What I Did On My Holidays

What I Did On My Holidays

Holiday memories are the sharpest, because one is living out of the ordinary for a week or two; and because the camera that we all carry with us is so tuned up by anticipation to snap a sharp succession of new experiences. I used to hate those intrusive essays demanded on the return to school: “What I Did on My Holidays” seemed absolutely no one’s business but my own. Yet, here are 4160 Tuesdays and I sharing these long-ago experiences, caught in this extraordinary scent which smells elusive, heart-tugging and hilarious in turn. It has a whiff of that most comical and grotesque of trips, Dora Bryan and Robert Stephens lugging a sullen Rita Tushingham (“be nice to him, love, he’s brought you chocolates”) along Blackpool Pier in A Taste of Honey. And it has the melancholy dreamy beauty of a faded water colour in an old bedroom looking out to sea, a room I’ve not seen for more than half a century; where if I stood on top of the water tank I could just about make out the grey waves and the sand dunes away across the marshes.”

I wrote the above two summers ago and my love affair with 4160 Tuesdays and the ineffable creator has proved far from a brief holiday romance. I am fathoms deep in love. Sarah McCartney has not only brilliant eccentric talent, but you sense that she has the most enormous fun in creating her perfumes: she appears to get a hell of a kick out of her own products and this I find quite irresistible in an over-serious world. Sarah’s scents are full of joy and wit; laughter, memory, imagination and fantasy – all those things that we perfume-pickers constantly reference as fundamental foundations of a great fragrance. She composes like a bold Fauvist painter – using brilliant gemmy colours; great bold strokes camouflaging insightful subtlety. Sarah is eclectic, weaving all kinds of symbols, totems, allusions and glittering ephemera into a magical web: she is the Shena Mackay of fragrance, a mordant mistress of illusion. 4160 is a wardrobe of highly sophisticated scents which one can also play with – in the same way that Carl Faberge’s jewels are also the most fantastic toys ever made.

Two more crackers have just arrived at Les Senteurs – The Dark Heart of Havana and Doe in the Snow. Now the first is a riff on Carmen Miranda, Hemingway, Zarah Leander in “Cuba Cubana” – everything you ever heard about desire and indulgence and stifled laughter in the starry tropics. It takes me back to the sodden New Year of 1968 and flying off to Bermuda to visit my aunt, house-sitting in a pearly villa surrounded by groves of grapefruit which we kids noshed straight from the tree. We sipped the unheard-of delicacy of rum and cokes on the pink shell beaches, my mother bought a fabulous pair of tortoiseshell Raybans and it was fairyland after shopping for school uniforms in gritty downtown Leicester. But the best bit of all was the arrival, stepping off the BOAC flight into warm balmy midnight air and the Hamilton terminal full of scarlet hibiscus, mauve oleander and a battery of new and unknown smells. We went crazy, like dogs pursuing aniseed or sex. “Havana” brings it all back. My heart wells up at all the green and marmaladey peachy citrus, the soft brown sugar, the tobacco (Aunty’s 60-a-day Lucky Strikes – or Craven A if available), the first properly made coffee we’d ever tasted. And encircling everything like a lei, the waxy spicy floral scents of Prospero’s island.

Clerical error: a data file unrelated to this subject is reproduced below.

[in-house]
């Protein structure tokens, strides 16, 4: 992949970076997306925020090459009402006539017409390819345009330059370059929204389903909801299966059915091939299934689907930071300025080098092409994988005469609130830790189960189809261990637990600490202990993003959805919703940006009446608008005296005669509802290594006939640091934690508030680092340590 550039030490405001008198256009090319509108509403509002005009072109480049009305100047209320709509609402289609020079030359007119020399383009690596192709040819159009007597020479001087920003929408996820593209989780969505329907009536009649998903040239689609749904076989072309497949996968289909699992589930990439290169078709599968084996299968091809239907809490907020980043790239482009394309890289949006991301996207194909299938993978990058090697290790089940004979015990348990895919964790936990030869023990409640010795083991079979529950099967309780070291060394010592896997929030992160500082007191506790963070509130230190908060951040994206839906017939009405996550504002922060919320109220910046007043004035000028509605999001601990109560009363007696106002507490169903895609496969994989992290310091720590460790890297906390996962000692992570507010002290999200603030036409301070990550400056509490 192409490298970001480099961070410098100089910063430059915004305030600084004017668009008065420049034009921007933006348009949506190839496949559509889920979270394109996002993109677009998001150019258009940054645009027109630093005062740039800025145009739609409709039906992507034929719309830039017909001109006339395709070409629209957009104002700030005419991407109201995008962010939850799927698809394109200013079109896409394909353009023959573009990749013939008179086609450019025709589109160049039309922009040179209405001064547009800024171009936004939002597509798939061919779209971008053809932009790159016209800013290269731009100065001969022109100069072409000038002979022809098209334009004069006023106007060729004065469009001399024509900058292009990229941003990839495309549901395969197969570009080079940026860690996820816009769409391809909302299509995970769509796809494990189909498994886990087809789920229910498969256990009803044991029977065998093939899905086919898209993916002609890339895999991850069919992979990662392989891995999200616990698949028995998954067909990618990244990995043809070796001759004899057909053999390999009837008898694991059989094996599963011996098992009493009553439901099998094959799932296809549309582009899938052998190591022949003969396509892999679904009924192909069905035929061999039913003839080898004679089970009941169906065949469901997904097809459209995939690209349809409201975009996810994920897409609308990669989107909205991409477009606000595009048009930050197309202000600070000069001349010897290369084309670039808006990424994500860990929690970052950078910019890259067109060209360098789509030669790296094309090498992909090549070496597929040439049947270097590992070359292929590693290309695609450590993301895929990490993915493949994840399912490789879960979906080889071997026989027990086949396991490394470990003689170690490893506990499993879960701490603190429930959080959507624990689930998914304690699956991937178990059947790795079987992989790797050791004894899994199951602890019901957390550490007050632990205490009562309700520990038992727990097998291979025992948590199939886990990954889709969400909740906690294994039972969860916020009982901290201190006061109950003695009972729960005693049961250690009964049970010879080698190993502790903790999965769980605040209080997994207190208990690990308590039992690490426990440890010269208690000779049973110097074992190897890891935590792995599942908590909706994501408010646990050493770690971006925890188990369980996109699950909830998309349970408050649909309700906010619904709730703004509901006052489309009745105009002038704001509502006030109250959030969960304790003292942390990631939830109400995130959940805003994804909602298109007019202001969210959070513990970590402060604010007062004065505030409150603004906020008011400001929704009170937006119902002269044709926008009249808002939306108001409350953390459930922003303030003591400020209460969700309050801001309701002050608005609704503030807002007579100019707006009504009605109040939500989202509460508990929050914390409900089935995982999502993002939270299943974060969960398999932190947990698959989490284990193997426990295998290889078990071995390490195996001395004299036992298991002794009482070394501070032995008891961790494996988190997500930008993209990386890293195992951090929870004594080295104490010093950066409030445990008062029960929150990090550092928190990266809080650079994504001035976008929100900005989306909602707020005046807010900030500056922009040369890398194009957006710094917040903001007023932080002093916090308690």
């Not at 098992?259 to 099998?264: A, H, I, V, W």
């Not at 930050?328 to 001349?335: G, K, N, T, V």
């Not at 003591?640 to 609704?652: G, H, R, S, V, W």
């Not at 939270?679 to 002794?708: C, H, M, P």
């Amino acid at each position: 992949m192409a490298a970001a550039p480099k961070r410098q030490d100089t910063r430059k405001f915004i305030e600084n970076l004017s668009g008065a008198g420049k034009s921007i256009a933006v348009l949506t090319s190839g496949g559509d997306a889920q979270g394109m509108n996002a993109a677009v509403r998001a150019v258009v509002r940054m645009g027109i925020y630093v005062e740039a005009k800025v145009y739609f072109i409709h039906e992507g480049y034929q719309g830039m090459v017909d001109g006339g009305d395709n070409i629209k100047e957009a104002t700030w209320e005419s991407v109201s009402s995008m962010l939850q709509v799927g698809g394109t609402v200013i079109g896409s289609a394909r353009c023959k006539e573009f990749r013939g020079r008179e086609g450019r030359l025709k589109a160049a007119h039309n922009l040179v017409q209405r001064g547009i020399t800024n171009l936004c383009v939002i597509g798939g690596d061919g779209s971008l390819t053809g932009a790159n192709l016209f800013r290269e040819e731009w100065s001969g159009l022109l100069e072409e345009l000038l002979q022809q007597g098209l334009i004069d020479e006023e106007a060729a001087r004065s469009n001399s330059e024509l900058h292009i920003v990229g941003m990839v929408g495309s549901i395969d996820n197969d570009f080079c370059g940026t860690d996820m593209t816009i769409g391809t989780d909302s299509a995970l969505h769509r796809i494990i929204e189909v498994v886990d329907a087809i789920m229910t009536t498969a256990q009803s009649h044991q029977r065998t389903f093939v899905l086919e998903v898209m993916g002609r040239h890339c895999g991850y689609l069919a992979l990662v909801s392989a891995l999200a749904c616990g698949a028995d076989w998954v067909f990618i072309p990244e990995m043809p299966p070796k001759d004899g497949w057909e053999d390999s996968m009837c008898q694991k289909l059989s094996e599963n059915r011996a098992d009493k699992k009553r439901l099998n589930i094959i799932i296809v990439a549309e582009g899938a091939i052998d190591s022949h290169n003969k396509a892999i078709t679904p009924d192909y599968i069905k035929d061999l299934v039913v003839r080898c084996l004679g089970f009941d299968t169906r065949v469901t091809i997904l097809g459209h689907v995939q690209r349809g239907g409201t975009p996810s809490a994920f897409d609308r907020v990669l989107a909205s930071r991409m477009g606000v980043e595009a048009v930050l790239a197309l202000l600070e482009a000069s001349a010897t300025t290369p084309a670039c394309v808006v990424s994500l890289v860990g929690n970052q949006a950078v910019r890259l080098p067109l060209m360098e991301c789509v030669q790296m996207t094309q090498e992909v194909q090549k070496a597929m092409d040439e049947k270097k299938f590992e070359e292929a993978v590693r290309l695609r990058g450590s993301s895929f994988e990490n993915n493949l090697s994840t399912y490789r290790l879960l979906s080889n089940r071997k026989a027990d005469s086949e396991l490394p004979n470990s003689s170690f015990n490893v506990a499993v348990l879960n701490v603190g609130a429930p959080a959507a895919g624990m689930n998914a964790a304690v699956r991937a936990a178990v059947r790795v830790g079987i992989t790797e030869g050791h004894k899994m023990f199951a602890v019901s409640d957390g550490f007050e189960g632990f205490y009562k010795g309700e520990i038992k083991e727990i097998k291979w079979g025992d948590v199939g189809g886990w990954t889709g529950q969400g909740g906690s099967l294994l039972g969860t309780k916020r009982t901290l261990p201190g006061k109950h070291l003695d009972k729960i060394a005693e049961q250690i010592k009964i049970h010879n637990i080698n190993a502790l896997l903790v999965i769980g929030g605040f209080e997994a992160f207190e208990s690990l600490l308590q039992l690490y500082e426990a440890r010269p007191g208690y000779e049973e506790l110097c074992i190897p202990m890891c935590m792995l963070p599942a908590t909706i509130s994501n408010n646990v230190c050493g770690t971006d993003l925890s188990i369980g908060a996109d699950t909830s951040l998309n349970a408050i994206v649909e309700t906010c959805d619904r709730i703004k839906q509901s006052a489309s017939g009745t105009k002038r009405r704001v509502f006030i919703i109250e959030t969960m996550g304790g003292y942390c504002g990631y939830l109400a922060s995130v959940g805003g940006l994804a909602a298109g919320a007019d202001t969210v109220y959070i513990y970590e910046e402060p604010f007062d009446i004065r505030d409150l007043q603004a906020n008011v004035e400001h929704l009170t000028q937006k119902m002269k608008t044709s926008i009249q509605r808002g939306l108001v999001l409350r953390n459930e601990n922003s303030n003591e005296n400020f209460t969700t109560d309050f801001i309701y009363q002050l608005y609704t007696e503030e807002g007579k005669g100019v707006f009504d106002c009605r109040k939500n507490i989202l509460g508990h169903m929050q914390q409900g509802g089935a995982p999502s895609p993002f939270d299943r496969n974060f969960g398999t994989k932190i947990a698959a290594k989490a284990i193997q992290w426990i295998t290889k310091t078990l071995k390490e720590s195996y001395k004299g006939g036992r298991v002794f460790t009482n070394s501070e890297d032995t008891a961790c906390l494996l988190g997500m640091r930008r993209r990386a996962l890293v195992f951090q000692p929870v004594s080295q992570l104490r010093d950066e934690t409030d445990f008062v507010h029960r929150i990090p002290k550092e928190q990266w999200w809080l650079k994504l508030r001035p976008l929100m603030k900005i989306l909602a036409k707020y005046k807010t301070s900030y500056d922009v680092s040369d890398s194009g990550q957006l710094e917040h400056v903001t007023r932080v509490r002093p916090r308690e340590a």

Doe In The Snow was originally created for the intellectual perfume connoisseur’s Dream Girl, She-Who-Needs-No-Introduction: Miss Odette Toilette. Like all masterpieces of bespoke fragrance Doe catches its subject to perfection, an insightful and moving portrait in scent. So maybe it’s partly because I love Odette so well that this bottled avatar enthralls me: Sarah McCartney writes that she “stirred woods, fruits and flowers with an icicle” – like the wand of the Snow Queen. Doe is all about contrasts and illusions, a Dance of the Seven Veils which discreetly retains a final diaphanous drapery and a pellucid enigma. Classic Paris notes of oak moss and jasmine contrast with frosty yuzu, peach aldehyde and creamy-golden tonka. To me, Doe In The Snow has something of the great scent-stars of the past about it – murmurs of Mitsouko, Ma Griffe and Femme: a generous, all-embracing hommage to the chypres, that smallest, most select and genuinely glamorous of fragrance families. And how about a medal for the name, too!

I’ll finish as I began by revisiting an earlier appreciation of 4160 Tuesdays, this time a salute to The Lion Cupboard. Sarah named this wonderful scent after her father’s personal treasure cupboard – it’s redolent of tooth powder, cashmeres and silk scarves laid up in herbs against the moth, dark fragrant woods, leather-bound diaries, half-forgotten colognes and the assurance of the past. Mint, juniper oil, aniseed, patchouli and lavender on the shelves are as transient but powerful as memories, regrets and reminiscences. The ideal perfume for winter hibernation, comfort and reflection: what the best-dressed polar bear is wearing this Christmas!